What is the most appropriate system to provide statutory recognition and protection of collective bargaining rights in the Australian context? This research report by the Australian Institute of Employment Rights (AIER) provides an overview of systems of collective bargaining and union recognition in seven industrialised countries, and identifies alternative options that might be available for consideration in Australia.
The WorkChoices legislation has fundamentally altered the balance between rights of employers and working people in Australia. WorkChoices is the most radical overhaul of the Australian system of industrial relations in more than 100 years. More than this, it is the most radical overhaul of labour market regulation anywhere in the industrialised world.
Unions have been stripped of many of the protections which allowed them to provide Australian working people with the opportunity to choose union representation at the workplace and as their representative in collective bargaining.
The purpose of this Research Report is to address the question, ‘What statutory arrangement would be required to once again provide working people with the freedom to choose union representation, for unions to gain recognition where workers choose unions and to oblige employers to productively engage in collective bargaining with unions.’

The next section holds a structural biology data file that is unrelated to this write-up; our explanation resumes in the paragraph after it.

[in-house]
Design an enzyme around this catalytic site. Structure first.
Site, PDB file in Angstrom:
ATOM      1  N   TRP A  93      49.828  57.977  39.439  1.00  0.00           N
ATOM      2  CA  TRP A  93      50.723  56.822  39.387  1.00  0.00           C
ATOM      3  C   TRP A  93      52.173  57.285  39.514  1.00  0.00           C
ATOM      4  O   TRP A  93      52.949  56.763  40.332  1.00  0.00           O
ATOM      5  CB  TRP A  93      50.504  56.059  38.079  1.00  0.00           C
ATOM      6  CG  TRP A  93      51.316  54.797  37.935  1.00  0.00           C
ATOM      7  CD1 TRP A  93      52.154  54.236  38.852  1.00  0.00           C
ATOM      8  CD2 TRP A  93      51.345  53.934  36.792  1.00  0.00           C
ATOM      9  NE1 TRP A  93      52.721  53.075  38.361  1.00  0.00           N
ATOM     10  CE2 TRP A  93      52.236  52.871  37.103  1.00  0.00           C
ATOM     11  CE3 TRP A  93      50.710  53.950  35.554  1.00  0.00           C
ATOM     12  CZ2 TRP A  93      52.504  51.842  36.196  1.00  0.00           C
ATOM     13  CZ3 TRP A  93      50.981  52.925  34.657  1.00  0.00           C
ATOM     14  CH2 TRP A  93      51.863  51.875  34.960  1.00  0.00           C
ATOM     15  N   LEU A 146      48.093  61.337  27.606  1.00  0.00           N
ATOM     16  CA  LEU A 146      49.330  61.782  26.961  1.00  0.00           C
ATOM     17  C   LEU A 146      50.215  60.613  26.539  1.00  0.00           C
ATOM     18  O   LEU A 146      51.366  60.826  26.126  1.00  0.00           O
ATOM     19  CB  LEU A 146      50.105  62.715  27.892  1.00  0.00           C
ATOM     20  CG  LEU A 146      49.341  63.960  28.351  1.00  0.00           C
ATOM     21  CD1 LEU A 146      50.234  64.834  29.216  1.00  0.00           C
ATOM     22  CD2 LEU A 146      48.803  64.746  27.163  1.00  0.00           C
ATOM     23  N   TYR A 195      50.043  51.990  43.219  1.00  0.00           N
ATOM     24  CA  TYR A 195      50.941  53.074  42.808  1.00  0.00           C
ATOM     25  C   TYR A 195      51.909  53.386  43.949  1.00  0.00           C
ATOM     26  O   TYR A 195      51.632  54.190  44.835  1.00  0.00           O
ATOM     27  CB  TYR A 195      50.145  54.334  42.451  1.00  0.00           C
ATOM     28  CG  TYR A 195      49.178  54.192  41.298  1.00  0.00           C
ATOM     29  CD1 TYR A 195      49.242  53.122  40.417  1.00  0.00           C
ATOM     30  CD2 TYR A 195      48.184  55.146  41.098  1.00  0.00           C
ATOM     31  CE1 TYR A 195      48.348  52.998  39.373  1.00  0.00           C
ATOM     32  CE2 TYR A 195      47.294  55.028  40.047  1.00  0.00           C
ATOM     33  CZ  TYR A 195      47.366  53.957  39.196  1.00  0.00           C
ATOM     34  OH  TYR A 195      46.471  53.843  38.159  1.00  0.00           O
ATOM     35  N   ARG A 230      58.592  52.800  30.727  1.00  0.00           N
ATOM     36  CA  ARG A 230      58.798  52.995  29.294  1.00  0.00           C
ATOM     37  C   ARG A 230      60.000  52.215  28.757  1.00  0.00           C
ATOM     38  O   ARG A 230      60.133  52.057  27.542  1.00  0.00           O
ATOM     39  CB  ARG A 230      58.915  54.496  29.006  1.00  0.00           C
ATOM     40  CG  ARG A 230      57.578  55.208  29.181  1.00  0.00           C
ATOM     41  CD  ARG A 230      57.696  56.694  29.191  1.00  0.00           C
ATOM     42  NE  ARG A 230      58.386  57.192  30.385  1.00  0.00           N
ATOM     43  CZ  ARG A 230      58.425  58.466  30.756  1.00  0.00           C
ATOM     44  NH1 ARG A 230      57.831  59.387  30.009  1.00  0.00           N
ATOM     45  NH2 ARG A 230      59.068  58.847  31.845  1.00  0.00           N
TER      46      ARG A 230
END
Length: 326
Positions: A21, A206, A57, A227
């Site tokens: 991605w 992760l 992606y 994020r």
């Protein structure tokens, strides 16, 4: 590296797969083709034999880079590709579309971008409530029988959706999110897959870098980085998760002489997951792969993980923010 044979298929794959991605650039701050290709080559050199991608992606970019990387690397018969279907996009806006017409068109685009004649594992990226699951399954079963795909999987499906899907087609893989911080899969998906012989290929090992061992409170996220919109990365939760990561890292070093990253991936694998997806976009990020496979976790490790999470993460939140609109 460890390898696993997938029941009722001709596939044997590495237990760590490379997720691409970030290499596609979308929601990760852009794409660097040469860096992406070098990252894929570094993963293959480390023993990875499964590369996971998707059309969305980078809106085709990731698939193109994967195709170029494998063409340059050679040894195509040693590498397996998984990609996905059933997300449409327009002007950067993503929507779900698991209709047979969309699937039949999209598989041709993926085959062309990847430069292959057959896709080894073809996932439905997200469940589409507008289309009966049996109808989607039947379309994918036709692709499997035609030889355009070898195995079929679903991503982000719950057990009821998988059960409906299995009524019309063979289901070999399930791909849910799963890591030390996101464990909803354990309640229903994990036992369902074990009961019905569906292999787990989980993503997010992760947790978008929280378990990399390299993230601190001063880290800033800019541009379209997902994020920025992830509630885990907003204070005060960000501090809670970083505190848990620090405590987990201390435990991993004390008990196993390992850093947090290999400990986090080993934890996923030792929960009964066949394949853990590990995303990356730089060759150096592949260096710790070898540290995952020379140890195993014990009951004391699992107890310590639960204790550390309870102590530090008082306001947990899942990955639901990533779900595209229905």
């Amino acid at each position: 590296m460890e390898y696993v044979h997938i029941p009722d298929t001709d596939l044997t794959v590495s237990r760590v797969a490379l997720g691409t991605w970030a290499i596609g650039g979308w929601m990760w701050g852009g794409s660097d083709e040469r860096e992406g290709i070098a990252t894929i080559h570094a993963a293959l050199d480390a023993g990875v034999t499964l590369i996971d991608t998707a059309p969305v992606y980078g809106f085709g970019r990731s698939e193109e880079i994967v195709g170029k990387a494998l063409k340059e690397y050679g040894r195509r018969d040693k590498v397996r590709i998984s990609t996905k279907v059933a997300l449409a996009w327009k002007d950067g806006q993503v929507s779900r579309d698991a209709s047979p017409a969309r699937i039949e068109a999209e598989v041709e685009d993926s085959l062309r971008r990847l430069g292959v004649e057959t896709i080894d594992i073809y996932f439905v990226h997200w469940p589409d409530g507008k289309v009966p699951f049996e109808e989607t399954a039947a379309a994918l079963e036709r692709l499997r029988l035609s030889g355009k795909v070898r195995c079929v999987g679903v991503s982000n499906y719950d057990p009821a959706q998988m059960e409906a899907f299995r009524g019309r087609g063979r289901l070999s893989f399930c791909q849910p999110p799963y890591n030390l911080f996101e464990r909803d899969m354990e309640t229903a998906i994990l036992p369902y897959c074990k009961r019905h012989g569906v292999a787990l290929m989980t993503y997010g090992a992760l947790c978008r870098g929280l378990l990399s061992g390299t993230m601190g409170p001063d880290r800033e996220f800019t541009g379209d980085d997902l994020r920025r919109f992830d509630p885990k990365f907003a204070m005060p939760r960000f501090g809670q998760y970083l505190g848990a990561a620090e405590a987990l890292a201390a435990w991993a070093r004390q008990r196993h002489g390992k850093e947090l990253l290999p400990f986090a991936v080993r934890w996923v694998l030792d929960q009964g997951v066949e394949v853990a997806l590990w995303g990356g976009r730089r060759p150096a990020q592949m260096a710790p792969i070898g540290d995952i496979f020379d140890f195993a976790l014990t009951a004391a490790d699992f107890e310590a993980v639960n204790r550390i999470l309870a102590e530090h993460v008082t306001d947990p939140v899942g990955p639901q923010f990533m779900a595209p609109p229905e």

The authors analyse how WorkChoices undermines the ability of working people to choose union representation and for unions to gain recognition as the representative organisation for working people. It reviews the experience of seven industrialised economies and how these issues are dealt, the strengths and weaknesses of each system, and what lessons might be learnt. The authors explore a number of possible paths for renewing the collective bargaining and union recognition rights: a reform of the arbitral system of union recognition and bargaining, the creation of a certification system built on the experiences of North America, or a hybrid model which seeks to draw ion the experience of the United Kingdom and New Zealand where elements of both European and North American models have been used to create a system of union recognition.
This authoritative review provides an insightful view of what could be done and offers useful suggestions for possible paths to re-building collective bargaining and union recognition.